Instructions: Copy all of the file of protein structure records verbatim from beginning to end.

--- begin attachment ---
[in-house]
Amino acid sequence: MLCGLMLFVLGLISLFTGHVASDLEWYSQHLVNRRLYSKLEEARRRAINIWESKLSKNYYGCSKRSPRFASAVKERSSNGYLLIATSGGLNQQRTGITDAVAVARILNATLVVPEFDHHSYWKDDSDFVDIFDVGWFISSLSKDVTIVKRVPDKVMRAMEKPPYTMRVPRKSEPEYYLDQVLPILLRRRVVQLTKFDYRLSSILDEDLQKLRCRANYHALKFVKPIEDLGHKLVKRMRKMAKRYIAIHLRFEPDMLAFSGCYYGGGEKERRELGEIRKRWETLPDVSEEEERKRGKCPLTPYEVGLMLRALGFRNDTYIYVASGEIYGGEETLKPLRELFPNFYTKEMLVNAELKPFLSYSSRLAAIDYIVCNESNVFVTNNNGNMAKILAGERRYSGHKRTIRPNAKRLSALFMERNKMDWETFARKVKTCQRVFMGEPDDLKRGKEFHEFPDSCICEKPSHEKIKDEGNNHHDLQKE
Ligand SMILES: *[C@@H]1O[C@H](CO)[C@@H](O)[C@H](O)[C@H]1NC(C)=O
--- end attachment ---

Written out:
[in-house]
Amino acid sequence: MLCGLMLFVLGLISLFTGHVASDLEWYSQHLVNRRLYSKLEEARRRAINIWESKLSKNYYGCSKRSPRFASAVKERSSNGYLLIATSGGLNQQRTGITDAVAVARILNATLVVPEFDHHSYWKDDSDFVDIFDVGWFISSLSKDVTIVKRVPDKVMRAMEKPPYTMRVPRKSEPEYYLDQVLPILLRRRVVQLTKFDYRLSSILDEDLQKLRCRANYHALKFVKPIEDLGHKLVKRMRKMAKRYIAIHLRFEPDMLAFSGCYYGGGEKERRELGEIRKRWETLPDVSEEEERKRGKCPLTPYEVGLMLRALGFRNDTYIYVASGEIYGGEETLKPLRELFPNFYTKEMLVNAELKPFLSYSSRLAAIDYIVCNESNVFVTNNNGNMAKILAGERRYSGHKRTIRPNAKRLSALFMERNKMDWETFARKVKTCQRVFMGEPDDLKRGKEFHEFPDSCICEKPSHEKIKDEGNNHHDLQKE
Ligand SMILES: *[C@@H]1O[C@H](CO)[C@@H](O)[C@H](O)[C@H]1NC(C)=O